Thursday, March 11, 2010

Rethink Refresher Training

By Shelley A. Gable

How often do you receive requests for refresher training? And how do you handle those requests?

When I first started working in training, I'd usually ask the client exactly what skills and knowledge needed to be refreshed. Then I'd dig for existing training materials that could meet the stated need.

I've wised up since then.

First of all, I've learned to identify an actual performance gap. Instead of simply asking what skills to refresh, I now know to determine the client's broader goals and where the current state is relative to that.

Secondly, I've learned to look for causes of the performance gap. While there are a lot of great researchers and authors who have shed some light on cause analysis, it was the Analyzing Performance Problems book that first cautioned me against assuming that poor performance must be a cry for training (thank you Mager and Pipe).

One of the most poignant points from the book:
If their lives depended on it, would they still not be able to perform?

Here's a recent case in point...

I worked with a client last year on training to support a new software application. Months after the initial training, the client requested refresher training. He explained that work errors were unacceptably high, and he observed employees working procedures incorrectly.

This time, instead of simply asking what skills to refresh, I marched down the path of gap and cause analysis. It turned out that when asked directly, employees were generally able to demonstrate procedures correctly. But since oodles of bugs made the software unreliable, employees were using their own (often not quite right) workarounds.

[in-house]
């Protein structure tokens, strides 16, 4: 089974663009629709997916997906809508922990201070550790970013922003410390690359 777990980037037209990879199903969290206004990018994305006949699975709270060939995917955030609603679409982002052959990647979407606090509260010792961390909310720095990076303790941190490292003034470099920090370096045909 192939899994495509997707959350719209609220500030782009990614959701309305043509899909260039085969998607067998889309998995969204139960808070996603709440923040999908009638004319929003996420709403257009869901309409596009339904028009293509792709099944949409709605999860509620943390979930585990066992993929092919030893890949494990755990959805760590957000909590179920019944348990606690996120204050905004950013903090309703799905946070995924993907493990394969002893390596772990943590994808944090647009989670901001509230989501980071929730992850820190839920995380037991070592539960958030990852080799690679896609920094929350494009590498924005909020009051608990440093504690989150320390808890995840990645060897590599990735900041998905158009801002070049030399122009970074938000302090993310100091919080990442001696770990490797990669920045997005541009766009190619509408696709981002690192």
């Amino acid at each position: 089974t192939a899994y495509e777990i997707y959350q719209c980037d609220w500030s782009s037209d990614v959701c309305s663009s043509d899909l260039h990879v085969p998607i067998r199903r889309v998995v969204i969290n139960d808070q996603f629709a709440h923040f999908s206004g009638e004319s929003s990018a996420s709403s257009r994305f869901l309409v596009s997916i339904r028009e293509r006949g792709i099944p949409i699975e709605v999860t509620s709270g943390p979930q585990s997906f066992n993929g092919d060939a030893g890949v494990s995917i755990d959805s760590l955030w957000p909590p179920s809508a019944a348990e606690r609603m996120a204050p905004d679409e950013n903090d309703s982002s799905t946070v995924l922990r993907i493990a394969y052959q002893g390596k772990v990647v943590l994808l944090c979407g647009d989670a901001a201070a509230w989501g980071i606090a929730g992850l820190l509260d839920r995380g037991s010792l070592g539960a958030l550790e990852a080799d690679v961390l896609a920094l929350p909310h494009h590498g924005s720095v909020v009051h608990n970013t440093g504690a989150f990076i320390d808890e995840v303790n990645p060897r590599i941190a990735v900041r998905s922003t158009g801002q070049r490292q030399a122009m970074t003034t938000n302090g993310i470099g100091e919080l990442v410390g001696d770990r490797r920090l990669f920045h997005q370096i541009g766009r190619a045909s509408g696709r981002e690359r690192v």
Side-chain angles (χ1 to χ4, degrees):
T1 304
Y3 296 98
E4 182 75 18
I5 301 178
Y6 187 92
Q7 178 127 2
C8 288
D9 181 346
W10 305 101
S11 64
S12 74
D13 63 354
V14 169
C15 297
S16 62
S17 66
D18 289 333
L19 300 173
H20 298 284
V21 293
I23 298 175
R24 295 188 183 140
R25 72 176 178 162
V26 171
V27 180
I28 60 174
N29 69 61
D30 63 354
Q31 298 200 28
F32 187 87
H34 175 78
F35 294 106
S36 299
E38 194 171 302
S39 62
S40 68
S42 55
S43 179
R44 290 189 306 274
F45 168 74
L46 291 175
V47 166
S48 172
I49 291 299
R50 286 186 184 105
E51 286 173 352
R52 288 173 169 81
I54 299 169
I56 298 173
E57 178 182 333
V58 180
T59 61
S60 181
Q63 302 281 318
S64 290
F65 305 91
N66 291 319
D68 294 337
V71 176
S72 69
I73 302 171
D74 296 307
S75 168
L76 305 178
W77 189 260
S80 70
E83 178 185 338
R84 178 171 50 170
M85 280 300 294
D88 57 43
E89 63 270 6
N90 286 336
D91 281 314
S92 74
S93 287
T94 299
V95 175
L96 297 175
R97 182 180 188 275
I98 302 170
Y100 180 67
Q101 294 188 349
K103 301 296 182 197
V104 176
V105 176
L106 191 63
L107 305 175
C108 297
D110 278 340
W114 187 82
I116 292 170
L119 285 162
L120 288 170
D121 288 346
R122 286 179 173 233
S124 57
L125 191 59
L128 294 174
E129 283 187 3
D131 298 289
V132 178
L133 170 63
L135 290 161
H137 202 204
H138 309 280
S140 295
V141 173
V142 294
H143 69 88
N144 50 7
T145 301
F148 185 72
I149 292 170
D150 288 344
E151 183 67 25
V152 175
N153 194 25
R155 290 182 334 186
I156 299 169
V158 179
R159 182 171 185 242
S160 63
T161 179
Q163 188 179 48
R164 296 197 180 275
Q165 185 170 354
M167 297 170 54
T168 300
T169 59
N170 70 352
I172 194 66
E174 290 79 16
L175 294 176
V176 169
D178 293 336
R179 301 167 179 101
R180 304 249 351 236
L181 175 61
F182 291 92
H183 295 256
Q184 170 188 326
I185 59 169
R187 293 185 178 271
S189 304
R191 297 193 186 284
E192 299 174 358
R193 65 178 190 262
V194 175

So what do you do?

In my example, we worked with the client to identify bugs, take steps to fix those bugs, and communicate temporary workarounds.

But let's look at this from another angle too.
  • What if the problem was caused by performers forgetting how to conduct a task they don't do very often?
  • What if performers know how to conduct core tasks, but struggle to remember what to do when things go wrong?
While these are skill and knowledge gaps, refresher training still might not have a lasting impact. After all, if performers rarely conduct a certain task, who's to say they'll remember anything from the refresher training when the time comes to work that task again?

This is where job aids and other forms of performance support come in handy. A previous post on this blog (Pointing to the Five Moments of Learning Need) discusses this in more detail.


The moral of this story?

Avoid being a training order-taker, especially when it comes to requests for refresher training. Ever since I wised up, I've found very few problems that refresher training could resolve. Ask questions. Identify causes.

Do you have similar stories to share?

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